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She forgave her grandmother's murderer. She watched as Alabama killed him anyway.
Sarah Gregory spent days with Jimi Barber before witnessing his execution
In late July, as darkness slouched over the south Alabama pines outside Holman prison, the State of Alabama executed James “Jimi” Barber for the 2001 murder of Dorothy “Dottie” Epps. His time of death, according to prison officials, was 1:56 a.m.
In the days and hours before his execution, Barber was visited by Sarah Gregory, Epps’ granddaughter, who opposed his execution.
The following is a journal entry written by Sarah Gregory recounting her visits with Jimi Barber and his final moments, published for the first time by Tread.
In 2001, my grandmother was murdered by a friend of our family. I spent over 13 years in substance use trying to forget my anger and pain. I got clean in 2013 and began to work on myself, yet I could not let go of the pain from her loss or the rage I had toward the man who inflicted such violence. I had tried for years but could not allow myself to even say his name. On her birthday, July 29th of 2020, I wrote to her on Facebook. I wrote, in part, “My heart wants to rid myself of the weight of this feeling (hatred). You forgave everyone, believed in everyone, believed everyone could change, and saw the good in all. For me to hate is to disrespect the values you instilled in me. Lord, help me to forgive the unforgivable. Help me release him from the power he has had over me for almost two years.”
God answered my prayer only a few months later. I was sitting in my car listening to E-Street Radio and “Letter to You” came on. I broke down and cried the entire song. That night, I sat down and prayed for guidance. I did as Bruce sang, I took all my fears and doubts, all my happiness and pain and dug deep in my soul and signed my name true…I felt the pain ease.
I had no idea that that letter would lead to the most beautiful friendship. I had no idea God would take my pain and show me His grace. We continued writing, then speaking on the phone, until it turned into a weekly (sometime more) occurrence. Jimi became the person who supported me when I needed it the most. He helped me navigate my son who suffers from severe mental health, he prayed for me and with me, and he was (after my husband) the person who I could not wait to share things with. Jimi gathered all of Death Row at Holman prison to rally behind my son. Multiple times they would all pray for us while I was on the phone. It would bring me to tears. Prior to the execution, I received a beautiful handmade box made of tiny pebbles that all the men gathered as a way to say thank you.
I was able to visit Jimi and his family for almost seven hours on July 19th and 20th. This was one of the most meaningful, beautiful, and heartbreaking moments of my life. As I approached the prison, I felt sadness seeing the conditions he had lived in — yes, due to his own actions and consequences thereof — but still sadness. Cold, dark, isolated cells surrounded by multiple fences, barbed wire, and a sense of evil in the air. Once I entered the gates and was escorted to the visiting room, my eyes saw him for the first time in over 20 years. I saw the man that caused myself and my family the greatest pain one could endure. Yet, as I saw him my heart felt happy. I immediately looked into the eyes of my friend and saw regret, love, and admiration in return. It looked as though not a day had gone by. Yes, years have changed us both, but he was still the same man I remembered.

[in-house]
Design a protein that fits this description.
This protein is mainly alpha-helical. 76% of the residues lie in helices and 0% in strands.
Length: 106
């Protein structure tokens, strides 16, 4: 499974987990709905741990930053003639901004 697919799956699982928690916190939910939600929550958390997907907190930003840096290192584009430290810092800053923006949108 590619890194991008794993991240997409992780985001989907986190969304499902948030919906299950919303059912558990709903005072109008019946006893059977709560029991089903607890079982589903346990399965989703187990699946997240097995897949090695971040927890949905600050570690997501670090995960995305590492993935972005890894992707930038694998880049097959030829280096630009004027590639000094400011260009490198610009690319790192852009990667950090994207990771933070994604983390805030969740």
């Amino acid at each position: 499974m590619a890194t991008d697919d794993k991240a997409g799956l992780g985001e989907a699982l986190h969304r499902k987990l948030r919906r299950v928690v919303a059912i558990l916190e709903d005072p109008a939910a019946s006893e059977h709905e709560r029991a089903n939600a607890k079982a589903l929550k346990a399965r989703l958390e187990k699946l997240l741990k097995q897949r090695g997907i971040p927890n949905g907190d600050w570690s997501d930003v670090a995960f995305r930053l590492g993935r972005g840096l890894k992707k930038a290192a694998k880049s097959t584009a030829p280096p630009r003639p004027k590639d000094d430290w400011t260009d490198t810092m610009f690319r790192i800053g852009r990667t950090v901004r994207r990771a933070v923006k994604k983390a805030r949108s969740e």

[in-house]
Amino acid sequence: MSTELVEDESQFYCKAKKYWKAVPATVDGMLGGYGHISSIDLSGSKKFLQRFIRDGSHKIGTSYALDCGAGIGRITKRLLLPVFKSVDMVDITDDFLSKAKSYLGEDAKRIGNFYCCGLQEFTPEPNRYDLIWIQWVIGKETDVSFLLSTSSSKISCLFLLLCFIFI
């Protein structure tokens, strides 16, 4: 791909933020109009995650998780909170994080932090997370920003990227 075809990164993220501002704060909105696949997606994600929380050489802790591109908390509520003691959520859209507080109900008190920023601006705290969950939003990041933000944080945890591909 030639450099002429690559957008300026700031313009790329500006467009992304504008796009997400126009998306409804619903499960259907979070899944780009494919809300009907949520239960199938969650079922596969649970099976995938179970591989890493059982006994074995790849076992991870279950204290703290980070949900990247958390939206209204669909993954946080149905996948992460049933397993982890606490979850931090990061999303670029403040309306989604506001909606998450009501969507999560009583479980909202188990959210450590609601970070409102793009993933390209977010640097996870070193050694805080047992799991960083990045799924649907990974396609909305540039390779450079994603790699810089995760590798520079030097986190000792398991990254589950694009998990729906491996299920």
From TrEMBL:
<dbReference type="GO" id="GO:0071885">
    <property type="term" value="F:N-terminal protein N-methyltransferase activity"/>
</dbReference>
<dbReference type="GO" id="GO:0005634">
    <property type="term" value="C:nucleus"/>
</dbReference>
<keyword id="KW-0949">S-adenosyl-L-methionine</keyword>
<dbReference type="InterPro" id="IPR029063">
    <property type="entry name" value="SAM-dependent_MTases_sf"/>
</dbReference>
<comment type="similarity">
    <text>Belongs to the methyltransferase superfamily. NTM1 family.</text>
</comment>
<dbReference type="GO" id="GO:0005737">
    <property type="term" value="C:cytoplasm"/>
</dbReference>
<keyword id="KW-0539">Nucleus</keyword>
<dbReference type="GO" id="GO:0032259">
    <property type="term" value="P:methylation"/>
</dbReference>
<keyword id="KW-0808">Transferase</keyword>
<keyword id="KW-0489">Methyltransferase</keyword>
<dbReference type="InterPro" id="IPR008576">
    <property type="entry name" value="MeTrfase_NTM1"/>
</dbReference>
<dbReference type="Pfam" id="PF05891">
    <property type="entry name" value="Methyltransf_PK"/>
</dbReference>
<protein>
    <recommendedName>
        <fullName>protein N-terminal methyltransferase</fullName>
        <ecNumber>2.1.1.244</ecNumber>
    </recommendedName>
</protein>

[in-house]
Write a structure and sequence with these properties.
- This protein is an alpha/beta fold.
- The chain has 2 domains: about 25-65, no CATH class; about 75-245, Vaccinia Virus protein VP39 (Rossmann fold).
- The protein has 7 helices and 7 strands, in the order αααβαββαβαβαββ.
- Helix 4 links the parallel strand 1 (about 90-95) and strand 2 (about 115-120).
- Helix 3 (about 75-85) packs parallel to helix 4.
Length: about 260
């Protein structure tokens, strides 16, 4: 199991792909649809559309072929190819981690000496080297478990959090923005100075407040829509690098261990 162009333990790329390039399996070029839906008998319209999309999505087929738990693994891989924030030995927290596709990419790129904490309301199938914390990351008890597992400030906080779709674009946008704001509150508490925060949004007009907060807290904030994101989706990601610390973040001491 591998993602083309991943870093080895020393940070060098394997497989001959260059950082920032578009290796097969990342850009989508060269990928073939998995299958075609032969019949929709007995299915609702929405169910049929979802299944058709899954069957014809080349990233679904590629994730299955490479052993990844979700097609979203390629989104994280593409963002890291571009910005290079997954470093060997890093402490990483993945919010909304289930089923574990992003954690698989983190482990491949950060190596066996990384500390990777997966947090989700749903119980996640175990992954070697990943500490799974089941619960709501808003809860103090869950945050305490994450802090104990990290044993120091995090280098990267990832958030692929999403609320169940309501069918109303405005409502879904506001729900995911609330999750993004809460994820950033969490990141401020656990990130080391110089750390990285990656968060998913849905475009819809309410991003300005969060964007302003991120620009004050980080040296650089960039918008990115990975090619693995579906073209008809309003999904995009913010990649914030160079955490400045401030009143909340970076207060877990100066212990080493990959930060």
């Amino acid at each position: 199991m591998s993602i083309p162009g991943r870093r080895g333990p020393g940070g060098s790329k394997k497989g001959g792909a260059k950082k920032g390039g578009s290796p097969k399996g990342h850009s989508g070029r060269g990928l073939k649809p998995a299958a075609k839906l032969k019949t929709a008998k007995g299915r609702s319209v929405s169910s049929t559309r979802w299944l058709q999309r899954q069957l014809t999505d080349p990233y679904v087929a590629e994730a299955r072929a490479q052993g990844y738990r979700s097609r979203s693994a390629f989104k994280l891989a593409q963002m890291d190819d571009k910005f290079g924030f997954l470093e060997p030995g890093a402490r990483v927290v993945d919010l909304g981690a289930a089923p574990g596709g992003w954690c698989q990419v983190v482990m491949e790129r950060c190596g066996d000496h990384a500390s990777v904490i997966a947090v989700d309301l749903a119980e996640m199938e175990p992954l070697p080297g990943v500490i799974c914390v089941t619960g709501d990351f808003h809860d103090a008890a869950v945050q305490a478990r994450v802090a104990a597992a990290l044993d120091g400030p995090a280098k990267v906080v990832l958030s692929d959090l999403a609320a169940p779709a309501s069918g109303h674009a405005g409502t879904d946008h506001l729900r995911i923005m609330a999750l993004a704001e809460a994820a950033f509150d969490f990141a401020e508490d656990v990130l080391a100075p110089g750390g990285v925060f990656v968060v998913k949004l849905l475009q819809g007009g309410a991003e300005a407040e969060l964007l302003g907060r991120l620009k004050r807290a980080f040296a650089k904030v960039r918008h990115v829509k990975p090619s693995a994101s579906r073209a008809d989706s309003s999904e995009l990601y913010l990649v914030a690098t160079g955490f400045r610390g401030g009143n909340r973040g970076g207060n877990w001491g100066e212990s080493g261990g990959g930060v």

“It was complete forgiveness.”
Once the door opened to the visiting area, I was immediately greeted by the other visitors in the room. First, Jimi hugged my mother, who had managed to slip in without her ID being checked. She was denied her visit pass due to being a direct victim of his crime, but I was approved. Jimi said he had prayed that somehow God would allow one hug from her, and He did. Jimi then turned to me and the hug we shared was the deepest and most sincere embrace. It was absolute forgiveness. I looked around the room and everyone was in tears. However, within three minutes the guards had checked the IDs and quickly removed both my mother and myself from the prison. I was very upset because I had too much to say to him. Once again, God stepped in, and I was called by the warden to return without my mother.
Once I returned, we sat and talked. We remembered things from before the murder and spoke of my grandmother. I spoke to his family, who kept thanking me for forgiving him. One of his brothers told me that my forgiveness was the catalyst to his forgiveness. Many tears were shed, many hugs given, and a lot of healing happened in that cold, secure prison room. That night, my mother and I had dinner with Jimi’s brother, niece, and his spiritual advisor. We supported each other, healed some more, and encouraged each other for what we all knew would be a very sad next day.